Amazon touts record Kindle sales

The online retail juggernaut reassures investors that its Kindle is coping with the threat posed by Apple's iPad.

By TheStreet Staff Aug 25, 2010 3:01PM

technology, stock and business news from the streetUpdated at 6:12 p.m. ET


By James Rogers, TheStreet


Amazon (AMZN) clearly wants to reassure investors that its Kindle e-book reader is coping with the threat posed by Apple's (AAPL) iPad, but actual Kindle sales numbers are still hard to come by.


In a statement released today, Amazon said the latest versions of the Kindle, launched in late July, are the fastest-selling Kindles ever. The and websites have sold more of the new Kindle and Kindle 3G than any other products during the last four weeks, according to the online retail giant.

Amazon's true Kindle performance, however, remains clouded in secrecy. Despite plenty of hype over the last few years, the retailer has not released any actual sales figures for its e-book device, although a company spokeswoman told TheStreet in an e-mail today that Amazon has sold "millions of Kindles overall."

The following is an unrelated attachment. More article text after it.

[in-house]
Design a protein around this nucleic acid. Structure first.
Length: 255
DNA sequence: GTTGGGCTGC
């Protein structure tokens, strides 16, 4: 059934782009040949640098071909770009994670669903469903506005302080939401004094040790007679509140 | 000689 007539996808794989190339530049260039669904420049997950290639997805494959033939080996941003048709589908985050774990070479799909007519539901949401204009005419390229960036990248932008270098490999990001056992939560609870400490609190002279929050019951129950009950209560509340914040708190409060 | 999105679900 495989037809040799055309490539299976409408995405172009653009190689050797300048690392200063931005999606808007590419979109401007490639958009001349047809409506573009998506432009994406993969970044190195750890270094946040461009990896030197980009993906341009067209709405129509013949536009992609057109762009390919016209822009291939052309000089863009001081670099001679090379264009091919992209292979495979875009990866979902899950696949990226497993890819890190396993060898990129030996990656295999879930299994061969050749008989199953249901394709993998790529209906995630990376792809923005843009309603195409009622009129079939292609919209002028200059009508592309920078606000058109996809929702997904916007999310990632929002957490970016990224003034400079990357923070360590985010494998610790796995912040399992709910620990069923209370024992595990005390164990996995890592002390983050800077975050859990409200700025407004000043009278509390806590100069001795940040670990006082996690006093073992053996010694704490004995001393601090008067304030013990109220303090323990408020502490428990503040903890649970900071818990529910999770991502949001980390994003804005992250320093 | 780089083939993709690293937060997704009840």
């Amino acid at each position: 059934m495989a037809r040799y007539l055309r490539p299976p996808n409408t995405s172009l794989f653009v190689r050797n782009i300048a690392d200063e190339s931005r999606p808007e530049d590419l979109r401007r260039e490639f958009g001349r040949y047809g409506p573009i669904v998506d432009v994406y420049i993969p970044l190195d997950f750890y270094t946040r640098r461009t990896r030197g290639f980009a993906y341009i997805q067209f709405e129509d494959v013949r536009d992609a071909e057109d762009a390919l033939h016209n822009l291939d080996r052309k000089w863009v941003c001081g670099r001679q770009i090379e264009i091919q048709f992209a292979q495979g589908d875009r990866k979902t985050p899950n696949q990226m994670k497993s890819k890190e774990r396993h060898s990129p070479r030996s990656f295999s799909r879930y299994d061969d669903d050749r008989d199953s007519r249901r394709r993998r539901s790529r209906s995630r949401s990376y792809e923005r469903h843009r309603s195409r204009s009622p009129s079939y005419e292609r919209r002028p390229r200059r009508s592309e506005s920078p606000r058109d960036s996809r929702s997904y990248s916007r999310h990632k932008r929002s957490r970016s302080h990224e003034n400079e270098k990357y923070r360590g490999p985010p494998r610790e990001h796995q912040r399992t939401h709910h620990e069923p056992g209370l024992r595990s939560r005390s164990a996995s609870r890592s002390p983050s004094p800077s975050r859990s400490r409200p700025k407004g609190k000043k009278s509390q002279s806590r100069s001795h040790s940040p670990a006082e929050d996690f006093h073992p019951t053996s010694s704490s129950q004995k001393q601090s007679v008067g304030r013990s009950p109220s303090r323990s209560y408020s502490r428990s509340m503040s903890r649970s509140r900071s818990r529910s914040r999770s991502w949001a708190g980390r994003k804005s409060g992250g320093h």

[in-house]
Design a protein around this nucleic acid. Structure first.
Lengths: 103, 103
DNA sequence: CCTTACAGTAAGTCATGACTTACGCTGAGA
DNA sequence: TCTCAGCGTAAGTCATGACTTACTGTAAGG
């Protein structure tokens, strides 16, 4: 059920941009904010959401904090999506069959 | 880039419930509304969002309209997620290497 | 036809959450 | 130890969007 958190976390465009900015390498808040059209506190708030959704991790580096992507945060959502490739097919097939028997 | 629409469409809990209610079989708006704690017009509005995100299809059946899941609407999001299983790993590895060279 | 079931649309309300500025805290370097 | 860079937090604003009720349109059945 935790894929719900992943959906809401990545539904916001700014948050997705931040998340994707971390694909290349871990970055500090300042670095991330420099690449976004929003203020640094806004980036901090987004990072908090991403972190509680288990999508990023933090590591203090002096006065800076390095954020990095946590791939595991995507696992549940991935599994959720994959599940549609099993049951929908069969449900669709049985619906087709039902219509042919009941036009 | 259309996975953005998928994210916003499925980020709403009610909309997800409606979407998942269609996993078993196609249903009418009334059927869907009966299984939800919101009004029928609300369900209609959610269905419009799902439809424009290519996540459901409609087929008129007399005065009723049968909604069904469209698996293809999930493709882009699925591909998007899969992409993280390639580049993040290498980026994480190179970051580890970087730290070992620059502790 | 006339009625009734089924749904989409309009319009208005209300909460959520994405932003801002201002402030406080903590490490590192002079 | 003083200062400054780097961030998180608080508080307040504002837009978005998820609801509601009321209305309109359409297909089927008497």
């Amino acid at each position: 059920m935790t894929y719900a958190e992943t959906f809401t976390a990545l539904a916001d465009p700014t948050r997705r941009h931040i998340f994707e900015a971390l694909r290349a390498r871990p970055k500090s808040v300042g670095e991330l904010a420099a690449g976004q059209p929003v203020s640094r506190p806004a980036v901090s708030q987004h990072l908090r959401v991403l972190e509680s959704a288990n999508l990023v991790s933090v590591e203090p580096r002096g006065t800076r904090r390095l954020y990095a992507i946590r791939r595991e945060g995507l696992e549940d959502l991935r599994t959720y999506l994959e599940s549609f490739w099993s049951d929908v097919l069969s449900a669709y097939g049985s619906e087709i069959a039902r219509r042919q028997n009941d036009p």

Last month, when Amazon released its second-quarter numbers, the retailer said the site is selling more Kindle books than hardcover books. The U.S. Kindle Store now has more than 630,000 books available, it added.


"Kindle device unit sales accelerated each month in the second quarter -- month-over-month, and year-over-year, and that's just counting online sales," added the Amazon spokeswoman.


Amazon nonetheless faces stiff competition in the increasingly crowded e-book market. In addition to Barnes & Noble's (BKS) Nook, the prospect of an imminent Google (GOOG) tablet launch should also be cause for concern. Like the Apple iPad, the Google tablet will likely serve a number of functions, from e-book reader to gaming capabilities.


Apple, unlike Amazon, has been happy to reveal its unit sales; Apple said it has sold more than 3 million iPads since the device was launched in early April.


With competition intensifying, Amazon has repeatedly slashed its Kindle pricing. When the original Kindle launched in 2007, it was priced at $399, and by last year the price dropped 35% to $259. The new Kindle costs $189 for a 3G and Wi-Fi version while a Wi-Fi only Kindle is available for just $139.


Investors surveyed by TheStreet earlier this month predicted that Amazon will be forced to cut its Kindle prices even further. Some 48.7% of voters said the Kindle's price will bottom out at $99 and another 31.8% think it could go even lower.


Amazon shares rose 1.9%, to $126.85 today, outpacing the modest uptick in tech stocks.


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